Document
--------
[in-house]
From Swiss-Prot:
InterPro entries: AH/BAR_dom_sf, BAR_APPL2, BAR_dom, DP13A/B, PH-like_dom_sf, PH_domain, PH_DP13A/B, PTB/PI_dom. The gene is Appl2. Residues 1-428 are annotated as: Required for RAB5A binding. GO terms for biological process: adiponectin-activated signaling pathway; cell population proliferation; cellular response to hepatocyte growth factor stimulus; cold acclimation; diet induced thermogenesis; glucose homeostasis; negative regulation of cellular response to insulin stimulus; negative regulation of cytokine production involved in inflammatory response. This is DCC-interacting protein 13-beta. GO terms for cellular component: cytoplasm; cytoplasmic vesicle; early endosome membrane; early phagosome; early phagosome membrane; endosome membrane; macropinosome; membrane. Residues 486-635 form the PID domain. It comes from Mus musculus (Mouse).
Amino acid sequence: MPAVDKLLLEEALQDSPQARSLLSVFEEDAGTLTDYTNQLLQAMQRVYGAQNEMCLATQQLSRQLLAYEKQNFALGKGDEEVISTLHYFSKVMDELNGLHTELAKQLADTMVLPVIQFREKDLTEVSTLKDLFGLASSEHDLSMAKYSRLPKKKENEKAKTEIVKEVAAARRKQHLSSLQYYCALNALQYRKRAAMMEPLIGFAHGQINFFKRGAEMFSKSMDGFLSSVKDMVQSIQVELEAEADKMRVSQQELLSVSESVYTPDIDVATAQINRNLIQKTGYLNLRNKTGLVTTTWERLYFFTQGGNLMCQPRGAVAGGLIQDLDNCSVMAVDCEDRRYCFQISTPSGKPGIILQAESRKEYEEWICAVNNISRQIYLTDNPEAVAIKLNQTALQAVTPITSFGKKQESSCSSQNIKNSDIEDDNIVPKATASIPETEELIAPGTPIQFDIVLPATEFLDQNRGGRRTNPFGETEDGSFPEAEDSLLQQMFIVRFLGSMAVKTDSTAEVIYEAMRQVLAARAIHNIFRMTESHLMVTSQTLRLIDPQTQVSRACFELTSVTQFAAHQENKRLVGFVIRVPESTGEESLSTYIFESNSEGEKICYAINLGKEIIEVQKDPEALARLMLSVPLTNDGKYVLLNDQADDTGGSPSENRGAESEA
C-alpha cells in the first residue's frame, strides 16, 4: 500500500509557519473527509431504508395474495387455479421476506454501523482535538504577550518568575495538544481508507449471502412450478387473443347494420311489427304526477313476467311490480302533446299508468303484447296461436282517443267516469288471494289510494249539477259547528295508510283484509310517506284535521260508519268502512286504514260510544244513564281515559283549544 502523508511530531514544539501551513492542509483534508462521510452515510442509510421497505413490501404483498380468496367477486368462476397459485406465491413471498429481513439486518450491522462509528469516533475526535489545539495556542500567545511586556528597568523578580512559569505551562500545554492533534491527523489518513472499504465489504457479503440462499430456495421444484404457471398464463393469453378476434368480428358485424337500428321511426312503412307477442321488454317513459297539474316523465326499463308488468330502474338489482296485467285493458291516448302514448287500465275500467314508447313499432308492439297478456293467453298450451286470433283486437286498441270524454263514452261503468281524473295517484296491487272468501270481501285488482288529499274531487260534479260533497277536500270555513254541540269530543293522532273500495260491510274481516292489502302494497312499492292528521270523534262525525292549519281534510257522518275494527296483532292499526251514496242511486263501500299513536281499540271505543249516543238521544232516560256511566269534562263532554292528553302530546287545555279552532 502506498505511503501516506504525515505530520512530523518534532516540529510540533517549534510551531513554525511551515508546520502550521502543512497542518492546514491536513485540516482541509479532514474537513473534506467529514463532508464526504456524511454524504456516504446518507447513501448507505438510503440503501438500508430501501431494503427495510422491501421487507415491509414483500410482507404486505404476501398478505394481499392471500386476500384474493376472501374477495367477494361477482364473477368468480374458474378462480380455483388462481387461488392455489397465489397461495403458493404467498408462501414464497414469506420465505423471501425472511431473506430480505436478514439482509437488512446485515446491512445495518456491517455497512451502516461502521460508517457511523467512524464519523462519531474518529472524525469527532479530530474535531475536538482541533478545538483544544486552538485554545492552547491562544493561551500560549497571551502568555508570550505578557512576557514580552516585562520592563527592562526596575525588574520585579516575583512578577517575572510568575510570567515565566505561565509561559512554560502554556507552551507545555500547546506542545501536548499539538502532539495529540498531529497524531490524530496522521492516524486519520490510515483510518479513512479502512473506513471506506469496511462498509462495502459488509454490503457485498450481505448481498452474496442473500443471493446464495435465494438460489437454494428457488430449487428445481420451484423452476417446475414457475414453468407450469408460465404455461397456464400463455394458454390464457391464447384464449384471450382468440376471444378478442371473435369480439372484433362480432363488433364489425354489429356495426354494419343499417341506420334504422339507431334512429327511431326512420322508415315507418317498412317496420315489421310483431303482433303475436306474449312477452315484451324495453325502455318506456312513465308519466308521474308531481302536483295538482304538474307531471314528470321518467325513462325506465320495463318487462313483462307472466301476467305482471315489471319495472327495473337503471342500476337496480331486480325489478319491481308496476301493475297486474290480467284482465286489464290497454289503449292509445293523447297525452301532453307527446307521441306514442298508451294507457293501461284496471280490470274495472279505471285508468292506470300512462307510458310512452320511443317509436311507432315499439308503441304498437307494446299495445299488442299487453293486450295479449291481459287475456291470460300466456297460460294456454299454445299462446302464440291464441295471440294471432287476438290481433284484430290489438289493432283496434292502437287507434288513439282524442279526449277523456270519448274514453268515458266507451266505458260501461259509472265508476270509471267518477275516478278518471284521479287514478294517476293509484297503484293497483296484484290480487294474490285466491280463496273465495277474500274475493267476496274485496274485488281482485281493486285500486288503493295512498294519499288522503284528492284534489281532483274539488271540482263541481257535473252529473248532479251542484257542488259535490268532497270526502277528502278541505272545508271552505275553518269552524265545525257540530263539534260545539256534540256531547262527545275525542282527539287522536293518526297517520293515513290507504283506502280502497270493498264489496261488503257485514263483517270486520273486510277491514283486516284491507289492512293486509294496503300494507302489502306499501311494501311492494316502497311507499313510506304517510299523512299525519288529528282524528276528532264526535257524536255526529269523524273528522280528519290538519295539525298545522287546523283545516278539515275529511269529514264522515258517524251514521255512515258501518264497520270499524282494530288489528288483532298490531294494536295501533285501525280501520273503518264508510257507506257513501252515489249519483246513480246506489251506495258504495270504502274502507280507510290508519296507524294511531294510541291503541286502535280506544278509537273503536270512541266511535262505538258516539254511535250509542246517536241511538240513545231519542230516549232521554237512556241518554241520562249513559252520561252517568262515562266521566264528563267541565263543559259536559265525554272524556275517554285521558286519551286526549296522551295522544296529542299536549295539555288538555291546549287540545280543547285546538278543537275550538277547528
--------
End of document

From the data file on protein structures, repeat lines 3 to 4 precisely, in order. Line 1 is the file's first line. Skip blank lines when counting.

InterPro entries: AH/BAR_dom_sf, BAR_APPL2, BAR_dom, DP13A/B, PH-like_dom_sf, PH_domain, PH_DP13A/B, PTB/PI_dom. The gene is Appl2. Residues 1-428 are annotated as: Required for RAB5A binding. GO terms for biological process: adiponectin-activated signaling pathway; cell population proliferation; cellular response to hepatocyte growth factor stimulus; cold acclimation; diet induced thermogenesis; glucose homeostasis; negative regulation of cellular response to insulin stimulus; negative regulation of cytokine production involved in inflammatory response. This is DCC-interacting protein 13-beta. GO terms for cellular component: cytoplasm; cytoplasmic vesicle; early endosome membrane; early phagosome; early phagosome membrane; endosome membrane; macropinosome; membrane. Residues 486-635 form the PID domain. It comes from Mus musculus (Mouse).
Amino acid sequence: MPAVDKLLLEEALQDSPQARSLLSVFEEDAGTLTDYTNQLLQAMQRVYGAQNEMCLATQQLSRQLLAYEKQNFALGKGDEEVISTLHYFSKVMDELNGLHTELAKQLADTMVLPVIQFREKDLTEVSTLKDLFGLASSEHDLSMAKYSRLPKKKENEKAKTEIVKEVAAARRKQHLSSLQYYCALNALQYRKRAAMMEPLIGFAHGQINFFKRGAEMFSKSMDGFLSSVKDMVQSIQVELEAEADKMRVSQQELLSVSESVYTPDIDVATAQINRNLIQKTGYLNLRNKTGLVTTTWERLYFFTQGGNLMCQPRGAVAGGLIQDLDNCSVMAVDCEDRRYCFQISTPSGKPGIILQAESRKEYEEWICAVNNISRQIYLTDNPEAVAIKLNQTALQAVTPITSFGKKQESSCSSQNIKNSDIEDDNIVPKATASIPETEELIAPGTPIQFDIVLPATEFLDQNRGGRRTNPFGETEDGSFPEAEDSLLQQMFIVRFLGSMAVKTDSTAEVIYEAMRQVLAARAIHNIFRMTESHLMVTSQTLRLIDPQTQVSRACFELTSVTQFAAHQENKRLVGFVIRVPESTGEESLSTYIFESNSEGEKICYAINLGKEIIEVQKDPEALARLMLSVPLTNDGKYVLLNDQADDTGGSPSENRGAESEA